Media Advisory: Press preview with artist for “Black Out: Silhouettes Then and Now”
WHAT: Press preview with artist for “Black Out: Silhouettes Then and Now”
WHEN: Thursday, May 10
WHERE: Smithsonian’s National Portrait Gallery, Eighth and G streets N.W.
WHO: Kim Sajet, director, National Portrait Gallery
Asma Naeem, curator of prints, drawings and media arts, National Portrait Gallery
Artist: Camille Utterback, MacArthur “Genius” Fellow
The National Portrait Gallery presents the first major museum exhibition to explore silhouettes in terms of their rich historical roots and powerful contemporary presence. “Black Out: Silhouettes Then and Now,” opening May 11 and continuing through March 10, 2019, features mixed-media installations in a presentation of nearly 50 unique objects from 1796 to the present.
The historical portion of the exhibition, which focuses on those who have been previously “blacked out” in historical narratives, includes silhouettes of same-sex couples, cooks, activist women, enslaved individuals and disability pioneers. The presentation features selections from the museum’s vast holdings of silhouettes by Auguste Edouart and William Bache, along with such rare gems as the life-size profile of a 19-year-old enslaved woman named Flora, whose silhouette was discovered with an original bill of sale from 1796, wherein she was sold for 25 pounds sterling.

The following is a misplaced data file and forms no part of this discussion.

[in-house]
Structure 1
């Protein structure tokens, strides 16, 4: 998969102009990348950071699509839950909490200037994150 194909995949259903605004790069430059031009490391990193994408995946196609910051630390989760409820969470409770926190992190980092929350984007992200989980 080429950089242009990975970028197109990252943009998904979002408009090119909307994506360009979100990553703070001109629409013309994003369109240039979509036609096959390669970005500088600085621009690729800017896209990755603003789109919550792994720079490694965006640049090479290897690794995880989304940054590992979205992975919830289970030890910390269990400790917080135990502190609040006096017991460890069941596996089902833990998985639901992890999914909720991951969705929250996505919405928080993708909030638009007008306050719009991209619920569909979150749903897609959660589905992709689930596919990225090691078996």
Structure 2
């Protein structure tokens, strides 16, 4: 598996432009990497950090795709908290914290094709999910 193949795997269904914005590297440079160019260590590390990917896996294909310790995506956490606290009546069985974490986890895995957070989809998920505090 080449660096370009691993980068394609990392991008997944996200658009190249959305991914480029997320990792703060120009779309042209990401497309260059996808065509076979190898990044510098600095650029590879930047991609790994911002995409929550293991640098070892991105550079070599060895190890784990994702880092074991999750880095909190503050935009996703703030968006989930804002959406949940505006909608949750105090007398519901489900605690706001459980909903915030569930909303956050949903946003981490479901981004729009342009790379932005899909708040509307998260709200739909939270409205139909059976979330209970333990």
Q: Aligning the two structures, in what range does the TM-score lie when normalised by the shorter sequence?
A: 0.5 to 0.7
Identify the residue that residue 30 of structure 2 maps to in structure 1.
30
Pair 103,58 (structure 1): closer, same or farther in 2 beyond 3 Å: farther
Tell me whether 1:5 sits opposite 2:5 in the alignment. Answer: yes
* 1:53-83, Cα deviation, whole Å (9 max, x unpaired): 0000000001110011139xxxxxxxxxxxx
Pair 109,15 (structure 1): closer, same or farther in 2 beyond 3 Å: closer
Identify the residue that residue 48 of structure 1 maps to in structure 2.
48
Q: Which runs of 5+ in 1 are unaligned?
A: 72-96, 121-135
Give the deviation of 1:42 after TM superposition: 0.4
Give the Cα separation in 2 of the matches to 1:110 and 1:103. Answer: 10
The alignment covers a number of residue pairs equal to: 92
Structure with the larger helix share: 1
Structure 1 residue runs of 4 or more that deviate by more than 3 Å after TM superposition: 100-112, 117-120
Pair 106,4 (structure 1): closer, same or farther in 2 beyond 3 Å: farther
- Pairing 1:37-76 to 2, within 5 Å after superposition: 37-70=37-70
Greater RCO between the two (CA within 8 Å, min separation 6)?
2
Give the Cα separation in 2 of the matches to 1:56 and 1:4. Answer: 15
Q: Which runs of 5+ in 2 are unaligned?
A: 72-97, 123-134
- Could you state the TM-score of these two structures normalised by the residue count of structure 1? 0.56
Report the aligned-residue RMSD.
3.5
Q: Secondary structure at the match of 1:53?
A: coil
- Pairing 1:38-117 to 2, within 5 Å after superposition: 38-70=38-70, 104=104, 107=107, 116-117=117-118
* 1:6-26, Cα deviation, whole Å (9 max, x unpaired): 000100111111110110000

“Black Out” also highlights work by leading contemporary women artists who employ silhouettes: panoramic wall murals by Kara Walker; an interactive digital work that reacts to visitors’ movements and shadows by MacArthur “Genius” Fellow Camille Utterback; an 18-foot-tall installation by Canadian artist Kristi Malakoff featuring life-size cut-outs of children dancing playfully around a Maypole; and intricate installations by New York-based artist Kumi Yamashita (a finalist in the Portrait Gallery’s 2013 Outwin Boochever Portrait Competition).
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National Portrait Gallery
The Smithsonian’s National Portrait Gallery tells the history of America through the individuals who have shaped its culture. Through the visual arts, performing arts and new media, the Portrait Gallery portrays poets and presidents, visionaries and villains, actors and activists whose lives tell the American story.
The National Portrait Gallery is part of the Donald W. Reynolds Center for American Art and Portraiture at Eighth and F streets N.W., Washington, D.C. Smithsonian Information: (202) 633-1000. Website: npg.si.edu. Follow the museum on social media at @NPG, Facebook, YouTube, Instagramand Tumblr.
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